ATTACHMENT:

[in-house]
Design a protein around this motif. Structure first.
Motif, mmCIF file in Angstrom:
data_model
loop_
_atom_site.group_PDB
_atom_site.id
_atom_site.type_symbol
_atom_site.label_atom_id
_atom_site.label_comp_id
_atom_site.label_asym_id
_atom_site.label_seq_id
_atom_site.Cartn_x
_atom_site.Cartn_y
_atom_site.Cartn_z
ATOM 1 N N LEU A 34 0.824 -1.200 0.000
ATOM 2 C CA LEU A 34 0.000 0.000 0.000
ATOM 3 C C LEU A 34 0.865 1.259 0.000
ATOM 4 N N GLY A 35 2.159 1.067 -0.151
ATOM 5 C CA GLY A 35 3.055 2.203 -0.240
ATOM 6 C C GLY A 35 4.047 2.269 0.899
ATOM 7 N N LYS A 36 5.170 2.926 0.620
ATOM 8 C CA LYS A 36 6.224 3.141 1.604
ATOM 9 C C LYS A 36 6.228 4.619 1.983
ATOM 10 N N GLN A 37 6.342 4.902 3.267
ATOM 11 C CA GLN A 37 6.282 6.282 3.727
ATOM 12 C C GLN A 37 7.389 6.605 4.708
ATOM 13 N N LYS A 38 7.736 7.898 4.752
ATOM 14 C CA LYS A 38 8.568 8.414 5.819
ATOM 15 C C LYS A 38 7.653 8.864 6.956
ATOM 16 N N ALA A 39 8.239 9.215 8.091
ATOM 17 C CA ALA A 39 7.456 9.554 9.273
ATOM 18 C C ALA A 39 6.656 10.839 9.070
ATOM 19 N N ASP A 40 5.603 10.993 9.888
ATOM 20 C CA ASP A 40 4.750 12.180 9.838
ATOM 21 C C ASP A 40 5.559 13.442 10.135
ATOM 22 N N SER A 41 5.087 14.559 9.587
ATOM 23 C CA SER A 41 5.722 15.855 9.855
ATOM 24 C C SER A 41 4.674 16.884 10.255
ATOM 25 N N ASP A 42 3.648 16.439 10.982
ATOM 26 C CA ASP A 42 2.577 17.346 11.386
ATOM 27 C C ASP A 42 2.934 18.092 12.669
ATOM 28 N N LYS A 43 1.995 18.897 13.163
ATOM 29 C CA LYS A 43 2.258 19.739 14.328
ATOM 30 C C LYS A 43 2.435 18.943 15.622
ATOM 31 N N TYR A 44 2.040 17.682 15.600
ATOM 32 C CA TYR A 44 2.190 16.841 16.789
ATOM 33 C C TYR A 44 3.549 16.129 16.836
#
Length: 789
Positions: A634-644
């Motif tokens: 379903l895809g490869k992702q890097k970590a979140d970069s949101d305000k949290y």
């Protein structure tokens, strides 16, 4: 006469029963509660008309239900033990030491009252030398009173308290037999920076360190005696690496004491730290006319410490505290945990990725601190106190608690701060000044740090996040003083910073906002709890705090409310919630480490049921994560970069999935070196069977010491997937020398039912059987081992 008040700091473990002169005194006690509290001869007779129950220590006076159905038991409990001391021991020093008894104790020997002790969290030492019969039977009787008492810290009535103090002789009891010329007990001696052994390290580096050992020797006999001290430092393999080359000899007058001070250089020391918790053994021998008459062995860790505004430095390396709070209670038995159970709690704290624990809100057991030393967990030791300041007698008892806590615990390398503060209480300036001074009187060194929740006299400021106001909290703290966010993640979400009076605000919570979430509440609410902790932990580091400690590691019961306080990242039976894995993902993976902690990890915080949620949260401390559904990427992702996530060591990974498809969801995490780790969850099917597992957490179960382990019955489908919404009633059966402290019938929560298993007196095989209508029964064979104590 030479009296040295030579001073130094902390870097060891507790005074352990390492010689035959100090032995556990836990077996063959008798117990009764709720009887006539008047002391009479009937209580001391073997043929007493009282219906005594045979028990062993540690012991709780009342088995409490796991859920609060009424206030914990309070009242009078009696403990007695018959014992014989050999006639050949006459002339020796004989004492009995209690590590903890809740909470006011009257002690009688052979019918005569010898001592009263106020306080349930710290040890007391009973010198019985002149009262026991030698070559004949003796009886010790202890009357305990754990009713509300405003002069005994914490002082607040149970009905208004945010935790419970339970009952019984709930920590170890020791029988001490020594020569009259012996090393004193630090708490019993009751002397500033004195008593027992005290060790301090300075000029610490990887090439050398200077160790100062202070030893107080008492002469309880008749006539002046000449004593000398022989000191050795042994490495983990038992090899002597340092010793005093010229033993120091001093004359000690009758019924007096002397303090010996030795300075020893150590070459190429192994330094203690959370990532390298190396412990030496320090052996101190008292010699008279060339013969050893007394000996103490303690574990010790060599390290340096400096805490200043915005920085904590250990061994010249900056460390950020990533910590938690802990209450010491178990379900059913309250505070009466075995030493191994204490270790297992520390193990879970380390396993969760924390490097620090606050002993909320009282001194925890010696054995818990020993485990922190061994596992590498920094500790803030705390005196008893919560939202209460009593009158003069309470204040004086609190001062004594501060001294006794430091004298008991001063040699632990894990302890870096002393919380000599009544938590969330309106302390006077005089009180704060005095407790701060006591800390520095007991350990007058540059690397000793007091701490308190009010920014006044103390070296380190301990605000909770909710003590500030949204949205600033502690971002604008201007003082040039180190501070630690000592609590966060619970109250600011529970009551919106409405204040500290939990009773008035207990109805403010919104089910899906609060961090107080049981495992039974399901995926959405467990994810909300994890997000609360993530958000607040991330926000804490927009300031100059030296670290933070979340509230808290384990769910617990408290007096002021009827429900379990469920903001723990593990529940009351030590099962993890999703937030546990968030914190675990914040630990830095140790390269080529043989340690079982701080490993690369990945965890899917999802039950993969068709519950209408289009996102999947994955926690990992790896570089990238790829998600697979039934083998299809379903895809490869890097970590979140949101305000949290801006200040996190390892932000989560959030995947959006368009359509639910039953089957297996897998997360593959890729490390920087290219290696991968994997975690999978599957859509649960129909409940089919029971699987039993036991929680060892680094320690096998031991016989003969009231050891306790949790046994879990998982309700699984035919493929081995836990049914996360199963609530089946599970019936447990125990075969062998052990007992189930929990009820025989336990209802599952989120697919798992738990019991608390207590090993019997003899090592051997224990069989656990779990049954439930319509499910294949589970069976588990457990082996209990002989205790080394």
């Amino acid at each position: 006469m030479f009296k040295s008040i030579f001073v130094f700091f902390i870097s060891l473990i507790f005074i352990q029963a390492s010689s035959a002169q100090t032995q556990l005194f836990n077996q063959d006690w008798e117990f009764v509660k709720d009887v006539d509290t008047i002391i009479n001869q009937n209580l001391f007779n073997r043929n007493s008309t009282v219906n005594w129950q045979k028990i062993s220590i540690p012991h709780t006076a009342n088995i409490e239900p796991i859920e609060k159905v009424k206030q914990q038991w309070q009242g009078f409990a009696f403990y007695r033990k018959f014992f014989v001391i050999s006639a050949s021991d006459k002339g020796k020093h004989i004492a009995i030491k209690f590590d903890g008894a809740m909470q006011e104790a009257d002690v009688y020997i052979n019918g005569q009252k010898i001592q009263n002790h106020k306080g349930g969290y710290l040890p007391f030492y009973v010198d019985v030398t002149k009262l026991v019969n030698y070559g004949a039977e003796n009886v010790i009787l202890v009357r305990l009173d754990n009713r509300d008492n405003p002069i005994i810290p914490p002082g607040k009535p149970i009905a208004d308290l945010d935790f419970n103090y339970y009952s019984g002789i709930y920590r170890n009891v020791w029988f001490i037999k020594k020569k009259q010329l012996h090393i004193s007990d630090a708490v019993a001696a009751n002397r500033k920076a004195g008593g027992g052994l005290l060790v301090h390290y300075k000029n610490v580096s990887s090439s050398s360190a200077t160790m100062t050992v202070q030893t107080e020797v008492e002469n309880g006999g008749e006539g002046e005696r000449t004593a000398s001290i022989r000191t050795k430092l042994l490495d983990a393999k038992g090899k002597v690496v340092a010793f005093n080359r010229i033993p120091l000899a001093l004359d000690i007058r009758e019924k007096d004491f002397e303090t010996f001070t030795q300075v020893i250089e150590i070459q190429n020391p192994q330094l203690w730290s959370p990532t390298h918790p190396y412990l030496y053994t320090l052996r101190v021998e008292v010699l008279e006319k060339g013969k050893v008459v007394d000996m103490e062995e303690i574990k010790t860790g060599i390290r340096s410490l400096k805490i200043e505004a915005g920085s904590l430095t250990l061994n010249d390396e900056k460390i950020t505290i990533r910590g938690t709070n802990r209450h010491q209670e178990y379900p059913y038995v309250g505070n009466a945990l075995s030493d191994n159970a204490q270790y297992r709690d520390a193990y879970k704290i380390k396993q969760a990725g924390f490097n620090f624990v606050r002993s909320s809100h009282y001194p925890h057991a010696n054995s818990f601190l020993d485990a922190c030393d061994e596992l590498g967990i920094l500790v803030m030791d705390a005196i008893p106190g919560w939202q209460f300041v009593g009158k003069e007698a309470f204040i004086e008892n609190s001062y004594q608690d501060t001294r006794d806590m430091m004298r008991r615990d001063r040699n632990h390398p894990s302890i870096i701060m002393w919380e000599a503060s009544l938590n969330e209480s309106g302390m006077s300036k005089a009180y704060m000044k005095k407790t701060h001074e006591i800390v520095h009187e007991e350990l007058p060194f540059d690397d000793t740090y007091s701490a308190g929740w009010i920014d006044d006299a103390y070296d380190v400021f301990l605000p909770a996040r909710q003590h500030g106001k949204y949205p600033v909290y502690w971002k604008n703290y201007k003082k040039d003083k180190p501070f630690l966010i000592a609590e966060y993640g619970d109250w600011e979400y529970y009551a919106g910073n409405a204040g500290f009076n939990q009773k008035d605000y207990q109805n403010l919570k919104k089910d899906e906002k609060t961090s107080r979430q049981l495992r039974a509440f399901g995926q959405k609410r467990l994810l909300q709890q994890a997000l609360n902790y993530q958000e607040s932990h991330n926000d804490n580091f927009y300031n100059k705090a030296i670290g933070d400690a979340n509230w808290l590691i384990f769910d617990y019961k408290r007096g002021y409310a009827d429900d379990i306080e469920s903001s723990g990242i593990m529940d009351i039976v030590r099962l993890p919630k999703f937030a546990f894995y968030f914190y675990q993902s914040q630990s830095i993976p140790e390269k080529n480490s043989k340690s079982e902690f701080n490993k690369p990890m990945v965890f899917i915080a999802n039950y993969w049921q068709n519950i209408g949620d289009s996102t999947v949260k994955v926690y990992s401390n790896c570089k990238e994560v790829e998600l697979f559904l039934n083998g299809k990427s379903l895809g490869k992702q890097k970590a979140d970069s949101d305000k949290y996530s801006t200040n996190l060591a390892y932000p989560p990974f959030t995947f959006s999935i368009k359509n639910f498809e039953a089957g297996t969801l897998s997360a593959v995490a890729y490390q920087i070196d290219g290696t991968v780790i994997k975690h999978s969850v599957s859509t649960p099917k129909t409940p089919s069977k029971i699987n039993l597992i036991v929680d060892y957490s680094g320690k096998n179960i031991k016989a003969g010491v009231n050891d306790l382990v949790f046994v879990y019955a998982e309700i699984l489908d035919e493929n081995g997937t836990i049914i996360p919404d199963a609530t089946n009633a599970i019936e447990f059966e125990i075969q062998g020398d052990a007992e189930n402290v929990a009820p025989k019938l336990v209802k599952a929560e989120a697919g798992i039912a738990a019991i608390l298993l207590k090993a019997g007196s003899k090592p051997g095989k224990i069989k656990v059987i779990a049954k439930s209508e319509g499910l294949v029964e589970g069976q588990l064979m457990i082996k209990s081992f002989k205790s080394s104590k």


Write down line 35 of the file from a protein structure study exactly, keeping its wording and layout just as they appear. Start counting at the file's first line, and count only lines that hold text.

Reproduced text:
ATOM 20 C CA ASP A 40 4.750 12.180 9.838